Tag: immigration

The Surge in Naturalizations Is Exaggerated

Writers across the political spectrum claim that immigrants are naturalizing at a higher rate to vote against Donald Trump in the 2016 presidential election.  No doubt some lawful permanent residents (LPR) are naturalizing in order to vote against Trump, who has made his anti-immigration position a major component of his campaign, but the annualized number of petitions filed in the first two quarters of FY 2016 don’t show a big increase over 2015 (Figure 1).

Figure 1

Naturalization Petitions Filed Annually

 

Source:  DHS & USCIS.

The Migration Policy Institute notes that the number of FY2016 naturalization petitions filed through March is up 21 percent over the same time in FY2015.  If that holds until the end of the year, then there will be about 164,000 additional naturalizations compared to 2015.  The annual standard deviation for naturalization petitions filed from 2008-2015 was about 121,000. So, although FY2016 petitions are likely to exceed those of FY2015 by more than a standard deviation, it pales in comparison to increases in previous years.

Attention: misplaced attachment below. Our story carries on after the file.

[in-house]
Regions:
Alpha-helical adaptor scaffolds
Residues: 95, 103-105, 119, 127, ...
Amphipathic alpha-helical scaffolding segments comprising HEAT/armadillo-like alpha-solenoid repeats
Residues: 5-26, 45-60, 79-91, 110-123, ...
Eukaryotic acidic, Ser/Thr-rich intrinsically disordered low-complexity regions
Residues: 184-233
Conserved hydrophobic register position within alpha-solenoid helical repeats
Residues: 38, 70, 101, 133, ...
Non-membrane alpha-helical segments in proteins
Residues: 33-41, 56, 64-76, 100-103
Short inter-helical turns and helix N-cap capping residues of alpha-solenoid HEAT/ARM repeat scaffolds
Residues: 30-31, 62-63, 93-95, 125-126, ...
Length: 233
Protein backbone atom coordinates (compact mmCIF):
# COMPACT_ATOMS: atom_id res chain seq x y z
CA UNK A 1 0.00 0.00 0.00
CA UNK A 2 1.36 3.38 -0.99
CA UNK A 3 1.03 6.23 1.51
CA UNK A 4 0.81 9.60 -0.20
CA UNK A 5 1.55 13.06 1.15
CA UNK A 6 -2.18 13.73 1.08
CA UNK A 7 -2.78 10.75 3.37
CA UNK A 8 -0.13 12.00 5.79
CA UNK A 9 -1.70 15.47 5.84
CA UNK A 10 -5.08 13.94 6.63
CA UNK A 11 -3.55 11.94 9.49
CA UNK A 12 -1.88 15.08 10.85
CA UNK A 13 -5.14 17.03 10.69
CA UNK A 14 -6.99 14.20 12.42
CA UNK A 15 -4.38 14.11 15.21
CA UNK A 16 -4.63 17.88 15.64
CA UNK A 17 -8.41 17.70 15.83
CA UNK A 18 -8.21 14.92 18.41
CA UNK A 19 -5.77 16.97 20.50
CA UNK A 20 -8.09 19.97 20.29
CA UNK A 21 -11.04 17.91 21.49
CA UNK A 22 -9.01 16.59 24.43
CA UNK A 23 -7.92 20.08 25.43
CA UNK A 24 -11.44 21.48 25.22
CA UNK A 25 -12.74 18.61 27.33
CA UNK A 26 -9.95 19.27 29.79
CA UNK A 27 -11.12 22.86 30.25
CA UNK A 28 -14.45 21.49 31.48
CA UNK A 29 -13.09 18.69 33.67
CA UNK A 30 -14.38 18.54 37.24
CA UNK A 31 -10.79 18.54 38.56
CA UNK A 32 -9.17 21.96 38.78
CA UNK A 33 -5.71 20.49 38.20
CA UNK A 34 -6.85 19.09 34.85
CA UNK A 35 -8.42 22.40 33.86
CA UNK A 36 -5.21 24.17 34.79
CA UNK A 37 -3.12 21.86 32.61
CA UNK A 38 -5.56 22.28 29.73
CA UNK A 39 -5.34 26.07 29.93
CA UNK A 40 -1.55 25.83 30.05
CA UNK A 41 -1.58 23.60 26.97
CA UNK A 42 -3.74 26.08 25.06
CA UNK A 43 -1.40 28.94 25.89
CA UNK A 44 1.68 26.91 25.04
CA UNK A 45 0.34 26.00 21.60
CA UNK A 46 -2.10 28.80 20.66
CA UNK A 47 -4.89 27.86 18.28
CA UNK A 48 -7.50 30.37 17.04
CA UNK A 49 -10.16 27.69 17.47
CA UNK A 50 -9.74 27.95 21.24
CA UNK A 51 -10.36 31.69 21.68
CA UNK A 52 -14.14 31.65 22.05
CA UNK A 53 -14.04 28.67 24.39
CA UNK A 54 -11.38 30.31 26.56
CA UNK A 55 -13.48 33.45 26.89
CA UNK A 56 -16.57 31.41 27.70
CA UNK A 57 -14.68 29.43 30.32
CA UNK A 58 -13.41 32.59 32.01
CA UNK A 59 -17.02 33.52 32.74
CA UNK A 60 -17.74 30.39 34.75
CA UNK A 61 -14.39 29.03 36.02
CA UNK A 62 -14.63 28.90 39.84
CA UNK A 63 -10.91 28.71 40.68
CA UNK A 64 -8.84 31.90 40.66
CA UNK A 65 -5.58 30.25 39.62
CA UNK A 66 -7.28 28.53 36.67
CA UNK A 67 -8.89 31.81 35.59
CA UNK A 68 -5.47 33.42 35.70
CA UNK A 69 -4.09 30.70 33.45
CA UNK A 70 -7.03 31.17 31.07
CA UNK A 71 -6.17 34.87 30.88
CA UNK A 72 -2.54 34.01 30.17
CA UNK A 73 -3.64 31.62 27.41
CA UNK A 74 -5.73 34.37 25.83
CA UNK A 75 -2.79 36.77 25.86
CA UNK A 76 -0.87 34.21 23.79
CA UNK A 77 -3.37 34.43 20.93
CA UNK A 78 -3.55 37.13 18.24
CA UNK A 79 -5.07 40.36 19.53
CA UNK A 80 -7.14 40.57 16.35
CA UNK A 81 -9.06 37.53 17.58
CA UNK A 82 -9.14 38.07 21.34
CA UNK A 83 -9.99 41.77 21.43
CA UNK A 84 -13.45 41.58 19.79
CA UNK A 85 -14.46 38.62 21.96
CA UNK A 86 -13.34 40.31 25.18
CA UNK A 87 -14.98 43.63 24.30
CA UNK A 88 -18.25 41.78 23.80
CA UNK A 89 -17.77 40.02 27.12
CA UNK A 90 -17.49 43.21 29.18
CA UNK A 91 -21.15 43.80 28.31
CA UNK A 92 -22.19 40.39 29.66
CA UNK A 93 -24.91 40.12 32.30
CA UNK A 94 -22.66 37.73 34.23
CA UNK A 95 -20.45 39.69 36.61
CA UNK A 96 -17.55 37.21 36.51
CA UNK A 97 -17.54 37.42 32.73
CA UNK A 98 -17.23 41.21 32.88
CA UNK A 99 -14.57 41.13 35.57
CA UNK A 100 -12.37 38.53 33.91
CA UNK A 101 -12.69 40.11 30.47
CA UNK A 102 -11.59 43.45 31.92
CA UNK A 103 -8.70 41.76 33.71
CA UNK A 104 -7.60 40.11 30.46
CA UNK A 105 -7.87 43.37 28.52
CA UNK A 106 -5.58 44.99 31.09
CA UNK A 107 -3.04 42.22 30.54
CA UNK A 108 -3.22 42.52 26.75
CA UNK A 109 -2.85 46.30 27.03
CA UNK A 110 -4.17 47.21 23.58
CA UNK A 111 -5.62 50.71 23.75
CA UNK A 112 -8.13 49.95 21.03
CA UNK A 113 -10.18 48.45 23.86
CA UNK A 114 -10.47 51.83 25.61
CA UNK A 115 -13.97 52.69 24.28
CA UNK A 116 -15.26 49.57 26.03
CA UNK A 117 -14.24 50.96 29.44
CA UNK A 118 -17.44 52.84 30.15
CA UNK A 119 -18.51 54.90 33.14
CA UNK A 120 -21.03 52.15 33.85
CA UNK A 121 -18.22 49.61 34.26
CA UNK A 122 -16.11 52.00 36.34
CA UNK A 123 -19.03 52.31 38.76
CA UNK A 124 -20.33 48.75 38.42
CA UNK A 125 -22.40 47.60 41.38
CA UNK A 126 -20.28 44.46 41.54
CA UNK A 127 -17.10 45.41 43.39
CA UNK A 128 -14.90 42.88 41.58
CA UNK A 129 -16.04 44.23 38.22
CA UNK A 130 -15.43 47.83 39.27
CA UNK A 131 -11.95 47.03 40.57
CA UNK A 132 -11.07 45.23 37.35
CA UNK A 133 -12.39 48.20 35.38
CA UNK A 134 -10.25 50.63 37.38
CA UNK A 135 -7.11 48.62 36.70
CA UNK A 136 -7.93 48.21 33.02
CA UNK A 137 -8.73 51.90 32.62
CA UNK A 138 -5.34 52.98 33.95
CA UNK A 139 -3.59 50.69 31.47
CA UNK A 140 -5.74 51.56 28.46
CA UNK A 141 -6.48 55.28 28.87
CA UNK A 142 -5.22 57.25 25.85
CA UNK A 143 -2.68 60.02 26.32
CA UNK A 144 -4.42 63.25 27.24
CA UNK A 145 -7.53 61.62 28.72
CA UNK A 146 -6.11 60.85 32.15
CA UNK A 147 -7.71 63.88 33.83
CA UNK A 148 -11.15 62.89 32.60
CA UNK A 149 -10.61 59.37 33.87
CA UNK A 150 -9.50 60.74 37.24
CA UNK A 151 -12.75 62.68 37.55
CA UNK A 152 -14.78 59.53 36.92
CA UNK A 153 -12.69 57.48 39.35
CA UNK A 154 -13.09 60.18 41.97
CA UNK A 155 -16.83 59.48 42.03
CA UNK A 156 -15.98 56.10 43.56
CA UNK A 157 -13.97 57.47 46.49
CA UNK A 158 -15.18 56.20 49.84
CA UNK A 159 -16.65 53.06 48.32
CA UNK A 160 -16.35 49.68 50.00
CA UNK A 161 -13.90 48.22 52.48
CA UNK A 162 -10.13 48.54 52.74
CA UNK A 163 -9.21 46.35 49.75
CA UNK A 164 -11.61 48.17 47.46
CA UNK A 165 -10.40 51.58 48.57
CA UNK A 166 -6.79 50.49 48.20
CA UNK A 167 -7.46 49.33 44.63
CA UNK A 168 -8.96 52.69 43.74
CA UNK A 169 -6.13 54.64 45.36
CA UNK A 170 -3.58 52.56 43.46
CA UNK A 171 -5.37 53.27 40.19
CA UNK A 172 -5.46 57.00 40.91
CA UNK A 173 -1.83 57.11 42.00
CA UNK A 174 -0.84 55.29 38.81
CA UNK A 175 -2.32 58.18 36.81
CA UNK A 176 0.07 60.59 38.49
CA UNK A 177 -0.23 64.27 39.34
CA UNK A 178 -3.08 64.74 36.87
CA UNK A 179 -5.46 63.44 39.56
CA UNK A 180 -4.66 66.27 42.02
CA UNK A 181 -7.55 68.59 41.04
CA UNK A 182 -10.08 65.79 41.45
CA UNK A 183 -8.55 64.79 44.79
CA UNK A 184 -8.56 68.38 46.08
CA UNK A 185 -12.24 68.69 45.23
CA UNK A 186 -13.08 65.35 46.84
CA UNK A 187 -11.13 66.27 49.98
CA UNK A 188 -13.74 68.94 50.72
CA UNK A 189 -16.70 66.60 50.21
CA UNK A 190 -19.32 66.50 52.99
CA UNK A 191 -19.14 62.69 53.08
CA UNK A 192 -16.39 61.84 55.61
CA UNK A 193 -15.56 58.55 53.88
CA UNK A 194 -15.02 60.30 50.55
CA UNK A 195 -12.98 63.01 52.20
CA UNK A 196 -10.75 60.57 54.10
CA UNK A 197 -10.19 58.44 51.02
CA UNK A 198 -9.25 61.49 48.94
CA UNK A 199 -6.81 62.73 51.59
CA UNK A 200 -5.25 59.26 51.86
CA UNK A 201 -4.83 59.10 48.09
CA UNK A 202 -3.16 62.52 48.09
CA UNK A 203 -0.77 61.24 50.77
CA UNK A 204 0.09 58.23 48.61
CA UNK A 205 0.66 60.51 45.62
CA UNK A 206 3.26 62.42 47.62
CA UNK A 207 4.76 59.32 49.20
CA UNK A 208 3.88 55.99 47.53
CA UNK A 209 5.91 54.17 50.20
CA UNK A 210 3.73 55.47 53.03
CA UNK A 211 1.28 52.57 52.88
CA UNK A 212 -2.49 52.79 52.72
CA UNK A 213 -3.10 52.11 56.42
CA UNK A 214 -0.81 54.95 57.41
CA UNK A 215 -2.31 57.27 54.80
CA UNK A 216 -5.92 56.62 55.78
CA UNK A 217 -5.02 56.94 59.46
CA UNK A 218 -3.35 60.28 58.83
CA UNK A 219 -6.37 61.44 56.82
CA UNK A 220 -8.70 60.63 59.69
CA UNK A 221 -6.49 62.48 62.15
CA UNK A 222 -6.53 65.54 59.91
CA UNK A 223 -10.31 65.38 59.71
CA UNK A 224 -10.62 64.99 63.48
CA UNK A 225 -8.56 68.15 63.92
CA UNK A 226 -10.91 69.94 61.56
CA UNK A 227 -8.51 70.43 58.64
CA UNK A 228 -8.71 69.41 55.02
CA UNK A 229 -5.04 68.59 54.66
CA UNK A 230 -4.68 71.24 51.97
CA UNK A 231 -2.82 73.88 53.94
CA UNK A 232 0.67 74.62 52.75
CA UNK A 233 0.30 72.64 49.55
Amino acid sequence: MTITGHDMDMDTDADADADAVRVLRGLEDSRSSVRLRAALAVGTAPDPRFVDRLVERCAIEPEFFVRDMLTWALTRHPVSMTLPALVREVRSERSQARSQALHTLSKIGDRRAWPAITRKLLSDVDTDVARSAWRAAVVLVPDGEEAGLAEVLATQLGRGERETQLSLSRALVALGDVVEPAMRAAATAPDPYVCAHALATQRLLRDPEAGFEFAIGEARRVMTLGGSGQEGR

A better measurement is the annual number of petitions filed as a percent of all eligible LPRs. Department of Homeland Security reports provided most of the numbers while I had to make some estimates for the years 2014-2016 based on trends. According to this rough measurement, the annualized number of FY2016 petitions is only slightly above those of 2015 and below that of 2012 (Figure 2).

Figure 2

Naturalization Petitions Filed as a Percent of All Eligible LPRs

 

Sources: DHS & Author’s Estimates for 2014-2016.

The 2007 spike was caused by people filing their petitions before an 80 percent increase in naturalization fees went into effect. 

Surges in naturalization petitions have occurred in the past, particularly as a result of the enforcement propositions in California in the mid-1990s and after the Reagan amnesty. Although 2016 naturalization petitions are up, reports of a massive surge are exaggerated.         

Immigrant Olympians